6.
Microorganisms ; 9(9)2021 Sep 07.
Article in English | MEDLINE | ID: covidwho-1403852

ABSTRACT

BACKGROUND: Based on recent findings, we speculated the existence of the lung, heart, and kidney axis as the main pathway for the COVID-19 disease progression. METHODS: This paper reports on an observational study conducted by a team of researchers and doctors of the 118-Pre-Hospital and Emergency Department of SG Moscati of Taranto City in Italy. The study was conducted on a totality of 185 participants that were divided into three groups. The study group included COVID-19 affected patients (PP n = 80), the first control group included patients with different pathologies (non-COVID-19 NNp n = 62) of the SG Moscati Hospital, and the second control group included healthy individuals (NNh n = 43). The core of the current trial was focused on assessing the level of the vitamin D (serum 25(OH) D concentration), IL-6, and the renal glomerular filtrate (eGFR) in COVID-19 disease and non-COVID-19 patients in both groups. RESULTS: It was observed that the majority of COVID-19-infected patients showed a progressive multi-organ involvement, especially in regard to the lung, kidney, and heart. The majority of the COVID-19 patients exhibited preexisting comorbidities which include cardiovascular, respiratory, and renal disorders accompanied by a severely low level of vitamin D, extremely high level of IL-6, and low glomerular filtration rate (eGFR). The significant overall damages exerted by the immune-mediated responses under the hyper-expression of proinflammatory cytokines and interleukins, such as IL-6, may be facilitated by either a decreased level of vitamin D or the ageing process. The reduced presence of vitamin D was often found together with a reduced functionality of renal activity, as revealed by the low eGFR, and both were seen to be concomitant with an increased mortality risk in patients with lung disorders and heart failure (HF), whether it is showed at baseline or it develops during manifestation of COVID-19. Therefore, the documentation of the modifiable risk factors related to SARS-CoV-2 and lung impairment in older patients with kidney and heart disease may help the clinician to better manage the situation. CONCLUSIONS: This paper addresses how a low level of vitamin D and older age may be indicative of systemic worsening in patients with COVID-19, with a goal of providing a broader context in which to view a better therapeutic approach.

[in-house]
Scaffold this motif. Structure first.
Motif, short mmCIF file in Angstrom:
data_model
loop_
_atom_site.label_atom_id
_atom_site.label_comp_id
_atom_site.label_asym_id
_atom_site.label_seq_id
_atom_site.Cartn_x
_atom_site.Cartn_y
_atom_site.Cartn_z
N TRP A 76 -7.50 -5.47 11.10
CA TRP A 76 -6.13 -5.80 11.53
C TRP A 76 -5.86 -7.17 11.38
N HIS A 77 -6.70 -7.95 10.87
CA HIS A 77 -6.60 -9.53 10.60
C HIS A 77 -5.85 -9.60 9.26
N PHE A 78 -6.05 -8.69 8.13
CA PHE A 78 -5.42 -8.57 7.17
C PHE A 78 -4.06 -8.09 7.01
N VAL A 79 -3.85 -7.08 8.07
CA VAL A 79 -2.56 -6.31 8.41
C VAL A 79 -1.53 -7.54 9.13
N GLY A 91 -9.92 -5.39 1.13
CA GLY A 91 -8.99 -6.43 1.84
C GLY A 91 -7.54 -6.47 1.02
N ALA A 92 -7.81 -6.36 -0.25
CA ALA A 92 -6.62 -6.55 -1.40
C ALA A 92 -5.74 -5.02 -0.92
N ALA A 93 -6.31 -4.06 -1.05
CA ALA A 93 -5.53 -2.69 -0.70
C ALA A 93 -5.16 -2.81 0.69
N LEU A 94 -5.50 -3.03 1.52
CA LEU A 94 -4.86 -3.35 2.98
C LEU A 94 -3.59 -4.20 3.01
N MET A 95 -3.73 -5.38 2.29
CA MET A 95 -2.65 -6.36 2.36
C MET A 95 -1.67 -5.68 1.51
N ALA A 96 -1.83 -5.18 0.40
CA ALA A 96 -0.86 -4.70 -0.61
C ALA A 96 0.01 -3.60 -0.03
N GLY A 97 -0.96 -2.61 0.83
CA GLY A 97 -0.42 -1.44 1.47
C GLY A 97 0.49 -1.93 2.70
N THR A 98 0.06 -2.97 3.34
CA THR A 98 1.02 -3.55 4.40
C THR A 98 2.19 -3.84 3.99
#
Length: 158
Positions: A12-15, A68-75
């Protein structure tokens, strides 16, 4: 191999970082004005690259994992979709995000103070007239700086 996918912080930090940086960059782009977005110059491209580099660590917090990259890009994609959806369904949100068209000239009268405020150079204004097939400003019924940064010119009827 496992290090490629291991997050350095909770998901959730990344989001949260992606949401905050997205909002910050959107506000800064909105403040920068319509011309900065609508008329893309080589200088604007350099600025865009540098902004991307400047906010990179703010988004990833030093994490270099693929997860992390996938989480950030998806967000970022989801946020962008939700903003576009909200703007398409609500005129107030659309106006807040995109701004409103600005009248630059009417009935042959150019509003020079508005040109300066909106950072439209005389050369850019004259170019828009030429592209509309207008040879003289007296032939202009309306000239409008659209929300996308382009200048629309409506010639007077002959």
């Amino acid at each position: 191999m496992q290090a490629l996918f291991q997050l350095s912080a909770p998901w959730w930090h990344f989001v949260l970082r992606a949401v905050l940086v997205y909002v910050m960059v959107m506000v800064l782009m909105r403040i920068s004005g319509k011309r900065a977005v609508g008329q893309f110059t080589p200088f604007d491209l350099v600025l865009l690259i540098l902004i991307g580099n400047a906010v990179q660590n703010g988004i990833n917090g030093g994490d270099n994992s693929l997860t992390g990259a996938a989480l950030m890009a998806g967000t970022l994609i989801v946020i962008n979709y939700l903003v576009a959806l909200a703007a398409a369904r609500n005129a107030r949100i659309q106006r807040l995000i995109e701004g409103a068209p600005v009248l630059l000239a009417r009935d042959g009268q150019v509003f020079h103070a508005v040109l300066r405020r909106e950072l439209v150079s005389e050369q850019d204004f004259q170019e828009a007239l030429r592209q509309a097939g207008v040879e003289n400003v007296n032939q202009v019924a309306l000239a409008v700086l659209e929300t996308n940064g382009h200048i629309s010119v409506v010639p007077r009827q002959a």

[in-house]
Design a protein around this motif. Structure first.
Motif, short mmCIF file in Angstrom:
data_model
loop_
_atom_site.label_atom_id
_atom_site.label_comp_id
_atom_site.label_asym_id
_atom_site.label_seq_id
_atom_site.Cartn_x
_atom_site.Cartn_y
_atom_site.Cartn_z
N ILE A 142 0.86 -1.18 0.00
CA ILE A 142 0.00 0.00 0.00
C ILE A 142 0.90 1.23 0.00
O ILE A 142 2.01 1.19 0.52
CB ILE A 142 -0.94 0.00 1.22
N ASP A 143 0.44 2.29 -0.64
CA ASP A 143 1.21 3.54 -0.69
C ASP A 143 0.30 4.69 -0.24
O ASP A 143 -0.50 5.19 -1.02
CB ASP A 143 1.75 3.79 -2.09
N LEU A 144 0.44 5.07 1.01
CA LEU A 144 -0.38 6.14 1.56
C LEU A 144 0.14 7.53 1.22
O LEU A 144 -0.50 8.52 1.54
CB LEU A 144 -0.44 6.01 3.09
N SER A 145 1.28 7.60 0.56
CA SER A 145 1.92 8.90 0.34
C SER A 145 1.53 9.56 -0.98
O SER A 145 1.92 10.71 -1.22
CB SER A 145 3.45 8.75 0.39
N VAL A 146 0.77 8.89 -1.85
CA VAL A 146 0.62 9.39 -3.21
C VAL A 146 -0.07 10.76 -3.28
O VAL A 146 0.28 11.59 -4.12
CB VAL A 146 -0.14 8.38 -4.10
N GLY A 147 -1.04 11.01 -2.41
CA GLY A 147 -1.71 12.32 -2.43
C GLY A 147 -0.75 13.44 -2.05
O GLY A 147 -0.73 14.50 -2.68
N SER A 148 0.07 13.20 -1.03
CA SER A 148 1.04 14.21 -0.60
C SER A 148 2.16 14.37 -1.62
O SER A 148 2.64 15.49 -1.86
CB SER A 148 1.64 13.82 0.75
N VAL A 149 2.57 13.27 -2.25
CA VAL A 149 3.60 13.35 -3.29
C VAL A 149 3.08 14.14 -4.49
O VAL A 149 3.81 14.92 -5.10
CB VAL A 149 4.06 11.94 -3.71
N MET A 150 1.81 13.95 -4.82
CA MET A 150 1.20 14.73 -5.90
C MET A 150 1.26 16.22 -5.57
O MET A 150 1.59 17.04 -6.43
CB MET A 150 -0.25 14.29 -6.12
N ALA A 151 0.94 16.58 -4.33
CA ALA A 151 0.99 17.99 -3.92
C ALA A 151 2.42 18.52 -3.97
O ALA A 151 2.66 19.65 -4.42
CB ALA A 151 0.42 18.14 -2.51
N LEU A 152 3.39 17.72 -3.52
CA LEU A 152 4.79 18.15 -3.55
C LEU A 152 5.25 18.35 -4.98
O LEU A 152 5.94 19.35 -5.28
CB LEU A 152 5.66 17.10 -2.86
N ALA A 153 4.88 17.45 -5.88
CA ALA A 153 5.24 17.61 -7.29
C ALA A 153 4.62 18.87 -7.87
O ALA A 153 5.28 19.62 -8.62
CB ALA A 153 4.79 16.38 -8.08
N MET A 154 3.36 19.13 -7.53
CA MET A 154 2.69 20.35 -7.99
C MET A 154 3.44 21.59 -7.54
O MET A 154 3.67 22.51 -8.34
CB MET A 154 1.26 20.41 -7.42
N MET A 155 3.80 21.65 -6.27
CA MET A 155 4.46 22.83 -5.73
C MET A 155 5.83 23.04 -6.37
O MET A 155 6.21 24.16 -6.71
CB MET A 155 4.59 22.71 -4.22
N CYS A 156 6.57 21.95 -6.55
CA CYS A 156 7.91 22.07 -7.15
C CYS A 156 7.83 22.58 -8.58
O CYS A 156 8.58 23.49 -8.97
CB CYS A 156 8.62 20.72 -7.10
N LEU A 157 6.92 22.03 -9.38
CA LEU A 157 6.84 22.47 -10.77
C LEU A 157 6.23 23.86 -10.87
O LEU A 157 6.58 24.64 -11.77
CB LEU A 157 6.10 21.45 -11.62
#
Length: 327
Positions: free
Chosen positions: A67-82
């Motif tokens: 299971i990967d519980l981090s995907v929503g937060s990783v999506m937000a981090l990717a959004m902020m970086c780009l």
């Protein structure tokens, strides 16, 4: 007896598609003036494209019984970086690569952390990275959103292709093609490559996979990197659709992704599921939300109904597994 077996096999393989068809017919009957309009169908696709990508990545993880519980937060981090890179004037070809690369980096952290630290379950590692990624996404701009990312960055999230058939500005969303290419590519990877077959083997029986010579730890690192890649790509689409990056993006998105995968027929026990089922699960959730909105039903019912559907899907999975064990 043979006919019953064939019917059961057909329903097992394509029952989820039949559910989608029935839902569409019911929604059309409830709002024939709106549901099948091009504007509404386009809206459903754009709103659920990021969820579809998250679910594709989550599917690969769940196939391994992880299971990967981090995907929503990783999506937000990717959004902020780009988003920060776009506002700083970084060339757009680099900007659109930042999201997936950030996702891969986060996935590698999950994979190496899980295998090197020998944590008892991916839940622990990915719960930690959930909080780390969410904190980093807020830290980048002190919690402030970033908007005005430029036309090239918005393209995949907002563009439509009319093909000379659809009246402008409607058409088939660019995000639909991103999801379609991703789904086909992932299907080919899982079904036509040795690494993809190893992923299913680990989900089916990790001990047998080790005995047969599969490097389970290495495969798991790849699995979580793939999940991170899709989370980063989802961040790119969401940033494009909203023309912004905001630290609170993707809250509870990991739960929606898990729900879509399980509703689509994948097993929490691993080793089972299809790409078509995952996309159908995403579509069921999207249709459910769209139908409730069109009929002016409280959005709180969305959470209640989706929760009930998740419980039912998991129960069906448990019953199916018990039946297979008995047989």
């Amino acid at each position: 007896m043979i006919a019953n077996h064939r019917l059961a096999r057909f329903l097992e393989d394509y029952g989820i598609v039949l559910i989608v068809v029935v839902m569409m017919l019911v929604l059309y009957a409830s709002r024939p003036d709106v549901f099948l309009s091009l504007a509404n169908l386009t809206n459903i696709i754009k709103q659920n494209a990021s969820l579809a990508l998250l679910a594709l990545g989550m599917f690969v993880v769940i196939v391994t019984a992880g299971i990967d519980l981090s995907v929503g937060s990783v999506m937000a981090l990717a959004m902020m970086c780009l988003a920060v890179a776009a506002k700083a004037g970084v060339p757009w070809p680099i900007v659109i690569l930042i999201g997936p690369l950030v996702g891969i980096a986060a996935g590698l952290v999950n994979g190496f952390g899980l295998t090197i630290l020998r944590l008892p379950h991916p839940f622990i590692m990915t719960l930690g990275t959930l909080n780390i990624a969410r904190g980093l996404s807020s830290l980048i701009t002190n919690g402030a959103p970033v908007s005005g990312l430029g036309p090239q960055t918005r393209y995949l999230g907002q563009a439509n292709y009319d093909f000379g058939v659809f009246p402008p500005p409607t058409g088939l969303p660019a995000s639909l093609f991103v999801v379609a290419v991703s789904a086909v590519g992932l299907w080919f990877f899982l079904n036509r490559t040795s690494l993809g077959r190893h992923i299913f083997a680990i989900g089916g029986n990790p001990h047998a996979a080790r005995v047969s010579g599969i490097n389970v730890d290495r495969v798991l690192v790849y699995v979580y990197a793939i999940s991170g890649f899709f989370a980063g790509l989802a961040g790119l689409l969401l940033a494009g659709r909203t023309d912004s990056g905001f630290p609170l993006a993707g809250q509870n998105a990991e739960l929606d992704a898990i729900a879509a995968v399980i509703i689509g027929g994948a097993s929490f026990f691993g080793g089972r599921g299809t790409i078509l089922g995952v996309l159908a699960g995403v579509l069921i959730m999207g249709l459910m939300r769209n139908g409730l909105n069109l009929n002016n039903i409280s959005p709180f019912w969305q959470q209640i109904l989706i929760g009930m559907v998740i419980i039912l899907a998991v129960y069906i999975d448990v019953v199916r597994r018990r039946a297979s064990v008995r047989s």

7.
Vaccines (Basel) ; 9(8)2021 Jul 21.
Article in English | MEDLINE | ID: covidwho-1325805

ABSTRACT

BACKGROUND: Solid-organ transplant (SOT) recipients are at a high risk of severe COVID-19, and are priority for vaccination. Here, we describe three cases of severe COVID-19 caused by SARS-CoV-2 B.1.1.7 lineage in vaccinated SOT recipients. METHODS: Three SOT patients were hospitalized in the Policlinico Hospital of Bari (southern Italy) and underwent nasopharyngeal swabs for molecular detection of SARS-CoV-2 genes and spike protein mutations by real-time PCR. One sample was subjected to whole-genome sequencing. RESULTS: One patient was a heart transplant recipient and two were kidney transplant recipients. All were hospitalized with severe COVID-19 between March and May 2021. Two patients were fully vaccinated and one had received only one dose of the BNT162b2 mRNA vaccine. All the patients showed a high viral load at diagnosis, and molecular typing revealed the presence of B.1.1.7 lineage SARS-CoV-2. In all three cases, prolonged viral shedding was reported. CONCLUSIONS: The three cases pose concern about the role of the B.1.1.7 lineage in severe COVID-19 and about the efficacy of COVID-19 vaccination in immunocompromised patients. Protecting immunocompromised patients from COVID-19 is a challenge. SOT recipients show a suboptimal response to standard vaccination, and thus, an additive booster or a combined vaccination strategy with mRNA, protein/subunit, and vector-based vaccines may be necessary. This population should continue to practice strict COVID-19 precautions post-vaccination, until new strategies for protection are available.

8.
Int J Mol Sci ; 22(11)2021 Jun 01.
Article in English | MEDLINE | ID: covidwho-1256567

ABSTRACT

High-density lipoproteins (HDLs) are a class of blood particles, principally involved in mediating reverse cholesterol transport from peripheral tissue to liver. Omics approaches have identified crucial mediators in the HDL proteomic and lipidomic profile, which are involved in distinct pleiotropic functions. Besides their role as cholesterol transporter, HDLs display anti-inflammatory, anti-apoptotic, anti-thrombotic, and anti-infection properties. Experimental and clinical studies have unveiled significant changes in both HDL serum amount and composition that lead to dysregulated host immune response and endothelial dysfunction in the course of sepsis. Most SARS-Coronavirus-2-infected patients admitted to the intensive care unit showed common features of sepsis disease, such as the overwhelmed systemic inflammatory response and the alterations in serum lipid profile. Despite relevant advances, episodes of mild to moderate acute kidney injury (AKI), occurring during systemic inflammatory diseases, are associated with long-term complications, and high risk of mortality. The multi-faceted relationship of kidney dysfunction with dyslipidemia and inflammation encourages to deepen the clarification of the mechanisms connecting these elements. This review analyzes the multifaced roles of HDL in inflammatory diseases, the renal involvement in lipid metabolism, and the novel potential HDL-based therapies.


Subject(s)